Given some thought, it's exceedingly unlikely that Soyuz is out of action longer than 3-4 months. They'll discover what went wrong with this flight and take corrective action. It's actually a best case that some manufacturing flaw was at fault instead of some long-present failure mode that just hasn't been discovered until now. Hardware design failures are an awful lot more hard to find and correct rather than ensuring manufacturing of said hardware is back up to scratch.
originally I think obama did intend for orion to become nasa's vehicle for ISS and it certainly had a long head start in development before commercial crew but they slashed budgets and then obama shifted it to being an asteroid visiting capsule or w/e, its pretty clear though we could have gotten another capsule in space by now if we had funded it. the commercial crew program had lots of funding deficits in the early years as well.
I do doubt it, Obama's administration was not a good one for NASA, most of the cogs that started turning to open LEO services to commercial providers began in the latter Bush years. Good programs weren't cancelled but Orion as it existed before the Augustine Report was potentially viable for ISS and was cancelled in that capacity, since SLS it just isn't going fly to LEO (not even for a test mission), there is no way that NASA or anyone can justify using Orion for LEO now because the Commercial Crew program is well underway and close to the initial launches.
Besides, even if Orion was ready to undertake that role the rocket required to launch it was never, ever going to be ready by the time Commercial Crew was flying already.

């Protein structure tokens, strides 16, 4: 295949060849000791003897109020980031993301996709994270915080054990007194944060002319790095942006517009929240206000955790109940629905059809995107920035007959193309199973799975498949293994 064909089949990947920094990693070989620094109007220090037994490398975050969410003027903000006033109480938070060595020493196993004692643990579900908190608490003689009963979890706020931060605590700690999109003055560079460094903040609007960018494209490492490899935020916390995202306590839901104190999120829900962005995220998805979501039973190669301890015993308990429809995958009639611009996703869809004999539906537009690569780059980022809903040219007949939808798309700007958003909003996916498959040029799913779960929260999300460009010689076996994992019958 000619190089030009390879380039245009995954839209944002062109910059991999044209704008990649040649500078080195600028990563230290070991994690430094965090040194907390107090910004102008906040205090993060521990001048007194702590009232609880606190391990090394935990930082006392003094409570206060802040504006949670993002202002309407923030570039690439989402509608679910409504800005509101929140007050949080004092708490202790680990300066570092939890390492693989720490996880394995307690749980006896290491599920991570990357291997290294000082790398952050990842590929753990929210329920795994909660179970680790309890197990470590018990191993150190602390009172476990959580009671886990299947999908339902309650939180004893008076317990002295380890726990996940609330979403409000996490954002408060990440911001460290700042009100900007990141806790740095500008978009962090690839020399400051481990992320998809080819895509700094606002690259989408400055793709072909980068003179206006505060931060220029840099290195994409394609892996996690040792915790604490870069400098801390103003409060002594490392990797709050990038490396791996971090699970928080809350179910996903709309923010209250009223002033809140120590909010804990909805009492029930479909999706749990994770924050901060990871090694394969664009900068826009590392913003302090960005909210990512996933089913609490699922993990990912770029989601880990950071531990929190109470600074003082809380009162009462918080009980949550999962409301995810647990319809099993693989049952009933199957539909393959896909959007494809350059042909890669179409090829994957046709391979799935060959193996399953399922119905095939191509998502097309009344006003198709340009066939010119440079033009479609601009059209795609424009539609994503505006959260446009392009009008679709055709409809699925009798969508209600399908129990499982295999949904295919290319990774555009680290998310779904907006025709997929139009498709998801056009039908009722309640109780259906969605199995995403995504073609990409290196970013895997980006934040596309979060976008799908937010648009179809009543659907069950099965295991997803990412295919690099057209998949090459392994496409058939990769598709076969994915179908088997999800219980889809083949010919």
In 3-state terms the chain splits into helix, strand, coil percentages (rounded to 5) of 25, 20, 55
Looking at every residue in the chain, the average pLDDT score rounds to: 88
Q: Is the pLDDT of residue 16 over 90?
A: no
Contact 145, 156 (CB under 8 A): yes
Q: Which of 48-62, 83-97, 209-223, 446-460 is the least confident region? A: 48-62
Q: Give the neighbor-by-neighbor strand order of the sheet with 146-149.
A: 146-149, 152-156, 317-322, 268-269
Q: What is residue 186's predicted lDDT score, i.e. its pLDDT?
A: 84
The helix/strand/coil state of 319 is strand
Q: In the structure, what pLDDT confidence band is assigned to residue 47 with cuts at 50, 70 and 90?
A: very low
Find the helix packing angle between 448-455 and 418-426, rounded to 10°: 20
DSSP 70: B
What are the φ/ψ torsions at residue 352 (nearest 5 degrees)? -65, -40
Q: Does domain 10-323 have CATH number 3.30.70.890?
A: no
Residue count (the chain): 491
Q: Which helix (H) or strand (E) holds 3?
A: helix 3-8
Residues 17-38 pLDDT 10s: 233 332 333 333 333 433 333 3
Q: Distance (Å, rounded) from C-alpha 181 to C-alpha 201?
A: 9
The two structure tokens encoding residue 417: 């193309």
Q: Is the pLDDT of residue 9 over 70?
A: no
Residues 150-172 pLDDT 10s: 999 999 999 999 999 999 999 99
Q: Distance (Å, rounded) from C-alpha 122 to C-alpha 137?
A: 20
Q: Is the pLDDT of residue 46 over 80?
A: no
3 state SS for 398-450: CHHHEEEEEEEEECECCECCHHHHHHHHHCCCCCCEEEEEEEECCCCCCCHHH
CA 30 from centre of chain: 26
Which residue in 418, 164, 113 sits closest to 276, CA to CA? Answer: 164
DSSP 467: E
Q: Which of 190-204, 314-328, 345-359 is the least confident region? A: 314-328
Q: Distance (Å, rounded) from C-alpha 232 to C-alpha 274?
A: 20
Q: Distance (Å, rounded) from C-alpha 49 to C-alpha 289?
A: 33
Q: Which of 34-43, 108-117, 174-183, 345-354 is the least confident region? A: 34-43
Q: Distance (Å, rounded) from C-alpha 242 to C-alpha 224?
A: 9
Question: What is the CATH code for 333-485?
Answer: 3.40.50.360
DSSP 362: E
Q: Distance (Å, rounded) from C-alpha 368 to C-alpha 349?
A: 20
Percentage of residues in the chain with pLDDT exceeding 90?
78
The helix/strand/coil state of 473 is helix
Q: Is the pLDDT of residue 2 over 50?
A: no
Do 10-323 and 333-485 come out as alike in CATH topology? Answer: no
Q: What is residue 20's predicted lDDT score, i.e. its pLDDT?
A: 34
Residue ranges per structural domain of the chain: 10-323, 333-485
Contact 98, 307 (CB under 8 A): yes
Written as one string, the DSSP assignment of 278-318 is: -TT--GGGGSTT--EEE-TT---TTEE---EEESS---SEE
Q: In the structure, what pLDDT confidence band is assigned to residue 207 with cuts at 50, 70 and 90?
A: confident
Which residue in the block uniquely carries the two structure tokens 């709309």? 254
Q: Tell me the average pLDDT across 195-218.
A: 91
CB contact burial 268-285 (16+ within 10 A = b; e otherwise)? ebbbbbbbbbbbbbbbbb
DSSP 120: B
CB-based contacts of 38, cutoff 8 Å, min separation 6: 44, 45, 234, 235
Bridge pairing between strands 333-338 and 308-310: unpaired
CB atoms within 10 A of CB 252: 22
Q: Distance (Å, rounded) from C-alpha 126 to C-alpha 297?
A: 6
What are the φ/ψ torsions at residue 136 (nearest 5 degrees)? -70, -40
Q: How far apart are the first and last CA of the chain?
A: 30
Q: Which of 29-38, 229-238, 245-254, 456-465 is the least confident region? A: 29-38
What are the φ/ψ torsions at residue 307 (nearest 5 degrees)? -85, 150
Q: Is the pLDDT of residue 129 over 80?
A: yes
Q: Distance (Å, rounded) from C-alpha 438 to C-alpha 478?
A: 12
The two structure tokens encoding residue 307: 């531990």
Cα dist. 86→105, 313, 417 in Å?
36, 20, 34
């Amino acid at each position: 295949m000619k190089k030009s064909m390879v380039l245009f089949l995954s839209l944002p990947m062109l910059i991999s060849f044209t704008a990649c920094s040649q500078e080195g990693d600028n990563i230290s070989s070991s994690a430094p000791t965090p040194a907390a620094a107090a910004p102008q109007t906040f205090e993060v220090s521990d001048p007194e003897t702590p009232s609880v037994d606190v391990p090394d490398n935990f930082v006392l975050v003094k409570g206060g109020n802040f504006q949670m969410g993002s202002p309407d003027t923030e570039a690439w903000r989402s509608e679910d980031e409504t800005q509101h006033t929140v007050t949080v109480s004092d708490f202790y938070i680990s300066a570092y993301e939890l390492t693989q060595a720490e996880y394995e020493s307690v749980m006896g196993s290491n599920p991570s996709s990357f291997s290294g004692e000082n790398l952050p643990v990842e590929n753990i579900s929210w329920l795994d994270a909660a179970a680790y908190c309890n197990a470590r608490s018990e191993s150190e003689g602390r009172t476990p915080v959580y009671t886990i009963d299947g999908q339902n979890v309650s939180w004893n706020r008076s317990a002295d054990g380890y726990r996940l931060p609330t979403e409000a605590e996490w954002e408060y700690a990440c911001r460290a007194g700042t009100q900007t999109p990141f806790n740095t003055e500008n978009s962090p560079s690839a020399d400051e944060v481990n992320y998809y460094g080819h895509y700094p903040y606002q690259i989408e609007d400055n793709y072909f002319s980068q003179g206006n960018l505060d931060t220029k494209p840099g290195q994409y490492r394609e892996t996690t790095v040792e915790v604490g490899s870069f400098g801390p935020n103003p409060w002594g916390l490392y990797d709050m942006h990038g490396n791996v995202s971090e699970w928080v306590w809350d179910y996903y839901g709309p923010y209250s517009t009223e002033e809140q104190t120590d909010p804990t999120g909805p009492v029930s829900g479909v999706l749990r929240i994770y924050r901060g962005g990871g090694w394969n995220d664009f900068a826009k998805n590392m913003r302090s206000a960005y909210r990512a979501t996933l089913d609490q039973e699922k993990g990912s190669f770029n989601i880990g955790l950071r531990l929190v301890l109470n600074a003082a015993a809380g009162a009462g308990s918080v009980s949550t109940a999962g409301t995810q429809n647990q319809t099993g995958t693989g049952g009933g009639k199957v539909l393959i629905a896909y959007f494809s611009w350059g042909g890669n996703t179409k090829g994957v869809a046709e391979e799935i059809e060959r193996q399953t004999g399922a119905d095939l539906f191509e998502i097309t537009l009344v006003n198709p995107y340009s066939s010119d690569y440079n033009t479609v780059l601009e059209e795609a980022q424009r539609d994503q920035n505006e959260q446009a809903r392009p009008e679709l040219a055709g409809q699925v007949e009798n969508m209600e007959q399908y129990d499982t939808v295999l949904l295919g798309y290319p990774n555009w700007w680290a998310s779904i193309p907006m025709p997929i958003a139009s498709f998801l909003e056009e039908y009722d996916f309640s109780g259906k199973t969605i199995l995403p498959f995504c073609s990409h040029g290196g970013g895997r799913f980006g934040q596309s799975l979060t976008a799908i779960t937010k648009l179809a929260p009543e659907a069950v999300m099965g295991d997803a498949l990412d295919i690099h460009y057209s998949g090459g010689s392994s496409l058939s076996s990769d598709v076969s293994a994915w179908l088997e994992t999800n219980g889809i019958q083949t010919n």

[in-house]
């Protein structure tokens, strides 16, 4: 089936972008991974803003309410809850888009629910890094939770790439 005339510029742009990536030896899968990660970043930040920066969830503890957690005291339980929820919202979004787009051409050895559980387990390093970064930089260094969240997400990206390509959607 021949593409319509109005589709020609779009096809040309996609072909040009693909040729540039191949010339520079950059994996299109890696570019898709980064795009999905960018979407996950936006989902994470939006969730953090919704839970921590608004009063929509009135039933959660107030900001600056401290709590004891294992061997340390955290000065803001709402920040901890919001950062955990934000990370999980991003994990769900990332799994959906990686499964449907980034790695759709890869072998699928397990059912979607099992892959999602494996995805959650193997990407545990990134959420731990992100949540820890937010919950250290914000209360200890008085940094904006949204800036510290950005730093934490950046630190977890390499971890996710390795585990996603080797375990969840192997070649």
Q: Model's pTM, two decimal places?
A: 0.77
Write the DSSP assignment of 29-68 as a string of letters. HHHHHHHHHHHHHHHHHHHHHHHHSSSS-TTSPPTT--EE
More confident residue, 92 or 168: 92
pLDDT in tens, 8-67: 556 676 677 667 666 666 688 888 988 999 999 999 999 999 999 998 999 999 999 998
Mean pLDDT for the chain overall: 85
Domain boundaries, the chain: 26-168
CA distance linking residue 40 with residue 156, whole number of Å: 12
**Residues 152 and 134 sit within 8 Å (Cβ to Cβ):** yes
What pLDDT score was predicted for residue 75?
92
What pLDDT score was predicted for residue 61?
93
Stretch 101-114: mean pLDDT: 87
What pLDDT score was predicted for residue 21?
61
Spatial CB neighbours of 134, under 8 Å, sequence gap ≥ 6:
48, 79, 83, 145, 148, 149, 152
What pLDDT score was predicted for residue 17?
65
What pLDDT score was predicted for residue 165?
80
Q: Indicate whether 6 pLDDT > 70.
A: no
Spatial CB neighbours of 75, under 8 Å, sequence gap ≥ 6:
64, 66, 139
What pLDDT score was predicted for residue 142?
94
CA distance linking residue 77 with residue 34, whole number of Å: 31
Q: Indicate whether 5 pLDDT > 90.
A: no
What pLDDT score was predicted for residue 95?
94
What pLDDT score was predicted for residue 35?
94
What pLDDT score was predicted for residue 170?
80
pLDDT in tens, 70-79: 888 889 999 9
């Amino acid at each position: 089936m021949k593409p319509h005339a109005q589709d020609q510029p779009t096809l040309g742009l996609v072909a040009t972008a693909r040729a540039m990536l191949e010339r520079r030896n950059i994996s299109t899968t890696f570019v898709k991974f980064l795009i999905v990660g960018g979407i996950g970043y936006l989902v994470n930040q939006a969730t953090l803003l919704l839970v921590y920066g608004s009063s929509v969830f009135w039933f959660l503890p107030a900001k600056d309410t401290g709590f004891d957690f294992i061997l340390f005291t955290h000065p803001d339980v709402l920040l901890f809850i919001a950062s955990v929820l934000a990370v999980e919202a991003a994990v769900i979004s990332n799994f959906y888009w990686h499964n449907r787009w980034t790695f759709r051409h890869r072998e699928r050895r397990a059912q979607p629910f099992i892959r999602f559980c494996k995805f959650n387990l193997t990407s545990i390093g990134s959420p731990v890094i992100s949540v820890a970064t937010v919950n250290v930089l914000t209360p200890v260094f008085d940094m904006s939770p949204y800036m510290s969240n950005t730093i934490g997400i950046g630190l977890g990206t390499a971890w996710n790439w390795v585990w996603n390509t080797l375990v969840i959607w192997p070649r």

Commercial Crew is currently a victim of post-Colombia unrealistic safety requirements and bureaucracy, underfunding contributed to the current delays on the hardware side but the last remaining obstacle is the NASA administrative busy work of qualification. NASA has been sitting on the paperwork to certify these two capsules for nearly two years now, their continued lack of diligence in lubricating the way they do business is why Commercial Crew still won't fly for another few months and why SLS is still years away.
No launcher and spacecraft will keep a 100% record forever, this is very clear especially today that that thinking is what leads to the problems of Shuttle and the 100% fatality rate when they did fail catastrophically.
You have to accept that things can go wrong and like today, ensure that the contingencies for failure are extensive and well designed. While the rocket failed today, the spacecraft performed perfectly at it's job of keeping the crew safe even with a failure and the response was well-drilled and effective. The Commercial Crew capsules are much closer to Soyuz with very good launch escape options than they are to Shuttle.
All said, we nearly lost two wonderful people today. Safety and Diligence are required for all spaceflight, it should never reach a point where those two things strangle progress before it can be made.